Abstract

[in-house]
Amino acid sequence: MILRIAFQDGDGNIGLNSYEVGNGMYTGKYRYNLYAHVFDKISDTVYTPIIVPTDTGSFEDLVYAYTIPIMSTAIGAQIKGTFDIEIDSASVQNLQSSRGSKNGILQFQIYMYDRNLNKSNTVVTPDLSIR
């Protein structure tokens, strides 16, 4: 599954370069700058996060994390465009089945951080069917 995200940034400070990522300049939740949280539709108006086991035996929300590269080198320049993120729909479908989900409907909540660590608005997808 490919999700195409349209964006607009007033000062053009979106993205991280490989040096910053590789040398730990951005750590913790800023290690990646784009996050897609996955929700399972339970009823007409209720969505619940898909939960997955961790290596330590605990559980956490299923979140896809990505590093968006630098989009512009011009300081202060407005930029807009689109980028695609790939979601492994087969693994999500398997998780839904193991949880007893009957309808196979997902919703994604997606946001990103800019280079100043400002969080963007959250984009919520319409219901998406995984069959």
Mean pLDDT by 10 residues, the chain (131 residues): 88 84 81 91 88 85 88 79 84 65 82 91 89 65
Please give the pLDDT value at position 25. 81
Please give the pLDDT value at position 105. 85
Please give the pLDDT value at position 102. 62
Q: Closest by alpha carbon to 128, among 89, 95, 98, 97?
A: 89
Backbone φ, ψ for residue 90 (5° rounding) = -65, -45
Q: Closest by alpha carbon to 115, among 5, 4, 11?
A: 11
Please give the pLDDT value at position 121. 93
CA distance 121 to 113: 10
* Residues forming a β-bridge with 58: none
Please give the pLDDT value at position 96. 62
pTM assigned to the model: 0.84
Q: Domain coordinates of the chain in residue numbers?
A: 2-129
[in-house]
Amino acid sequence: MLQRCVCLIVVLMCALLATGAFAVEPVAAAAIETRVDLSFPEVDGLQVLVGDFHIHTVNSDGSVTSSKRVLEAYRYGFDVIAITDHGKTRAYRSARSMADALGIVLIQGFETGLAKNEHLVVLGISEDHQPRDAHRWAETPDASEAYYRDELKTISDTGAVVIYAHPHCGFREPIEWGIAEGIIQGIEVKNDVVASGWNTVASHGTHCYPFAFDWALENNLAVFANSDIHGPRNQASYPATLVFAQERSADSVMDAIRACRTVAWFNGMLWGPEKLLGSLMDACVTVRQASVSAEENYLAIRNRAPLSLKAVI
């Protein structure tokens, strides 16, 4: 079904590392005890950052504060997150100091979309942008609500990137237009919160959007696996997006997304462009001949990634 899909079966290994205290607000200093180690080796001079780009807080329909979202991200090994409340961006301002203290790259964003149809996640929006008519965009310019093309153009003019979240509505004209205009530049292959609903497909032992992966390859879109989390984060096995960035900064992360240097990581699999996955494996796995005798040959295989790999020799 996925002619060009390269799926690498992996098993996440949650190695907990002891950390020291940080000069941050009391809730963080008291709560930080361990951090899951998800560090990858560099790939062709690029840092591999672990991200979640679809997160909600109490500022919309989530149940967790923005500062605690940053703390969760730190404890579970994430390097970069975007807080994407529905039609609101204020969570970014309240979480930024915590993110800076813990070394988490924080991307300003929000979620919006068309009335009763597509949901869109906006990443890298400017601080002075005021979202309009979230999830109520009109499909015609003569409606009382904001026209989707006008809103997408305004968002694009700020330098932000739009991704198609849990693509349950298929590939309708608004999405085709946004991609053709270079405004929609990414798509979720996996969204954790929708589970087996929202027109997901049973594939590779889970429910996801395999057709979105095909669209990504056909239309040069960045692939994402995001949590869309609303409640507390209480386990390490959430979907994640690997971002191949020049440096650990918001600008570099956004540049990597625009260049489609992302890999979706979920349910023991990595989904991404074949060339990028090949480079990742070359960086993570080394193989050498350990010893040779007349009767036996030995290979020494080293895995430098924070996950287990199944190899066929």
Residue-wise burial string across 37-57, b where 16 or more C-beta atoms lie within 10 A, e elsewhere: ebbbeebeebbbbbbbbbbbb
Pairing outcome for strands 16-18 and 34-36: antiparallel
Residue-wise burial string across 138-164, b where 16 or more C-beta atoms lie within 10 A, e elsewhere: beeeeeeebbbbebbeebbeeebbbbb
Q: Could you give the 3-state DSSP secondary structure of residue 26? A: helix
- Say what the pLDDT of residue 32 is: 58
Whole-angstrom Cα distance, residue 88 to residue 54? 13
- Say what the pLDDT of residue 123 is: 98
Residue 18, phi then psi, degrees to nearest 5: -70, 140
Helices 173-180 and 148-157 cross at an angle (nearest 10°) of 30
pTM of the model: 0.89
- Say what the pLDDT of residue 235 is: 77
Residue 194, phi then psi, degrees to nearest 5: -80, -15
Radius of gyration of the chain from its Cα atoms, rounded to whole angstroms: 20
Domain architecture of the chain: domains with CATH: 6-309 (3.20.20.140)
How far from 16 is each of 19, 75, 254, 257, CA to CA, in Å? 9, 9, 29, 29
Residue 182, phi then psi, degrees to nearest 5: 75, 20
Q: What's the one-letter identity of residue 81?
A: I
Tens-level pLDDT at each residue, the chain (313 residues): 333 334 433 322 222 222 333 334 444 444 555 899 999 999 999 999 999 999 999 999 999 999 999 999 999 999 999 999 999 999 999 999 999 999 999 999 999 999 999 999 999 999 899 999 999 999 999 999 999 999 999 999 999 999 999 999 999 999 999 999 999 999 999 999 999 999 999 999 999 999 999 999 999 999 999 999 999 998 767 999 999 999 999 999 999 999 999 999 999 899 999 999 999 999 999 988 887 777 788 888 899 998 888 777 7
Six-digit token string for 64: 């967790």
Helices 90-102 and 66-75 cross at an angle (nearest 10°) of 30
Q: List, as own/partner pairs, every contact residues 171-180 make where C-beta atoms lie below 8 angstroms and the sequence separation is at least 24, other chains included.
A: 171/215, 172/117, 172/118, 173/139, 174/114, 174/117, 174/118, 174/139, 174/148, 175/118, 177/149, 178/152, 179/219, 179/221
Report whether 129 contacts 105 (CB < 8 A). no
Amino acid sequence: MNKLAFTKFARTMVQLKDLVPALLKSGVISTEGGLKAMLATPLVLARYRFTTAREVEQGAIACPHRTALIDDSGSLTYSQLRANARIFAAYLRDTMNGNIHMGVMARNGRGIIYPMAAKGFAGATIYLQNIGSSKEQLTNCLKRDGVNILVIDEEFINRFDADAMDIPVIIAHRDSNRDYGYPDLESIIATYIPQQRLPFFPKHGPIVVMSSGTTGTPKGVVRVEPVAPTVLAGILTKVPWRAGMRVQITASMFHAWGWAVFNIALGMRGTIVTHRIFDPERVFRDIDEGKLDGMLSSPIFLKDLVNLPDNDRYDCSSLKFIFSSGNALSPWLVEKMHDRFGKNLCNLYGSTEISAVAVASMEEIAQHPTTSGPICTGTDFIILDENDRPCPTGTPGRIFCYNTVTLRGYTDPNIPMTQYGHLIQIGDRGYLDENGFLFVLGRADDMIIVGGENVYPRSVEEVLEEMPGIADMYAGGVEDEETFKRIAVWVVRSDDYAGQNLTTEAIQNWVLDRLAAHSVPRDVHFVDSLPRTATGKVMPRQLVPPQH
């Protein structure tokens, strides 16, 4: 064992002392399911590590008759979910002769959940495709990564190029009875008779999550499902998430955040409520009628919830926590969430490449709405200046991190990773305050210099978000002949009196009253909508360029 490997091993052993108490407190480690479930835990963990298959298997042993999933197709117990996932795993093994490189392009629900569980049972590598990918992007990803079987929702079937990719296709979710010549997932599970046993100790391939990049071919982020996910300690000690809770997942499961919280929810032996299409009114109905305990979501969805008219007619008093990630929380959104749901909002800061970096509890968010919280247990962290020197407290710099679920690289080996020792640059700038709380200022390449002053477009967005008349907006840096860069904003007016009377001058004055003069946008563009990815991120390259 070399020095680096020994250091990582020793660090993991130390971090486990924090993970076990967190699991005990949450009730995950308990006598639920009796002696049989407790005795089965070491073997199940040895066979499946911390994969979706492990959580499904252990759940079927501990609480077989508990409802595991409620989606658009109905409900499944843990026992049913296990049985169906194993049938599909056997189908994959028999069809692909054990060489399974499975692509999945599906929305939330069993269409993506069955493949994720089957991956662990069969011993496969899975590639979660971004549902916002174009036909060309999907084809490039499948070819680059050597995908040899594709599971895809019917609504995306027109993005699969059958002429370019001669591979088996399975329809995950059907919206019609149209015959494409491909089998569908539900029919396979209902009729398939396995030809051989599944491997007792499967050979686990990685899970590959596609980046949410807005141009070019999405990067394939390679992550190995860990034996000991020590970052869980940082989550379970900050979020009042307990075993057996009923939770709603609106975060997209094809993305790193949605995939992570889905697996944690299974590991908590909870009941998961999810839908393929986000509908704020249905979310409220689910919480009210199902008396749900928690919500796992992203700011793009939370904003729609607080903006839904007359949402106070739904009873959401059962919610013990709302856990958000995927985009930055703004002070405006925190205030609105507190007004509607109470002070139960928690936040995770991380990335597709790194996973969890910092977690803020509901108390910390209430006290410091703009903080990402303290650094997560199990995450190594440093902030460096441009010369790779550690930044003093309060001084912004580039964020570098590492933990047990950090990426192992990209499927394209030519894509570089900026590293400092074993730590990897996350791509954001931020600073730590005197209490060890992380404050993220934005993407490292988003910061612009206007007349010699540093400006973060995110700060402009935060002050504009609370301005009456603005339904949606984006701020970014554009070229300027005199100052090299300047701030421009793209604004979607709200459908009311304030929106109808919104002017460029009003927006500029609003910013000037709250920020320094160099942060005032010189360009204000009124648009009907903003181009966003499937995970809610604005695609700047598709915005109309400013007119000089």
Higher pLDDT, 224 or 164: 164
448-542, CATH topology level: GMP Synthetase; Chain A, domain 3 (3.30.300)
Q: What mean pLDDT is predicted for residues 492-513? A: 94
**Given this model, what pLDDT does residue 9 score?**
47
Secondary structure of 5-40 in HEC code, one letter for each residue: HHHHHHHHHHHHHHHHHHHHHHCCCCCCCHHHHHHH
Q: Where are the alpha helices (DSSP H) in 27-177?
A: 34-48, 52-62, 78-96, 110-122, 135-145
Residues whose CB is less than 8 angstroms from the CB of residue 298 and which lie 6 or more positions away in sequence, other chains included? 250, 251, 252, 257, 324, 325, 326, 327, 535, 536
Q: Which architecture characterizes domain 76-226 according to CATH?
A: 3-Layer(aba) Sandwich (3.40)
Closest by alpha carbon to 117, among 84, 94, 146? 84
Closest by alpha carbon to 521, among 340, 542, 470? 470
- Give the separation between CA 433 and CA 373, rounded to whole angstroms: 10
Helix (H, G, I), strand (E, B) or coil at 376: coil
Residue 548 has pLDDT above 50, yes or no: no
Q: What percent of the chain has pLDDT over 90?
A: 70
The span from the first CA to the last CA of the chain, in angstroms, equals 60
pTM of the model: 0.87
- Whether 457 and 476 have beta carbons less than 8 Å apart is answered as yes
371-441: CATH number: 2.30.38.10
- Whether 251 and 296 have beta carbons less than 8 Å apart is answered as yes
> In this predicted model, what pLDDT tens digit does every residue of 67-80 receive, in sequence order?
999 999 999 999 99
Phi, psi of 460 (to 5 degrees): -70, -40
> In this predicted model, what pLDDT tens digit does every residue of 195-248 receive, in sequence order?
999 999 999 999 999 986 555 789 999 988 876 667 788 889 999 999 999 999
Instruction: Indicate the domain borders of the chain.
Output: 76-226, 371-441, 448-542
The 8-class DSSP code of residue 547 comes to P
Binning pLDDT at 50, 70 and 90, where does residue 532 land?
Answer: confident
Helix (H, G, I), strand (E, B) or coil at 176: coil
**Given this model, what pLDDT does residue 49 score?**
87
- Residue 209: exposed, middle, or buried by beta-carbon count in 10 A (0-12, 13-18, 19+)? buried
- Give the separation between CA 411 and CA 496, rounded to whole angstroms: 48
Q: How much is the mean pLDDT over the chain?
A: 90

This article discusses the challenges that Bobaljik and Landau (2009) pose to Boeckx and Hornstein's (2006) movement-based analysis of control in Icelandic. We show in detail that contrary to what Bobaljik and Landau claim, the movement theory of control (with a modification to accommodate quirky Case, a specialty of Icelandic) makes the right empirical cuts regarding the issues they raise, namely, (a) the differences in Case agreement between control and raising constructions, (b) the different patterns of Case transmission (un)available, and (c) the fact that allegedly Case-marked PROs are phonetically null. We argue that rather than being problematic, the data bearing on these issues actually provide independent support to the movement theory of control.

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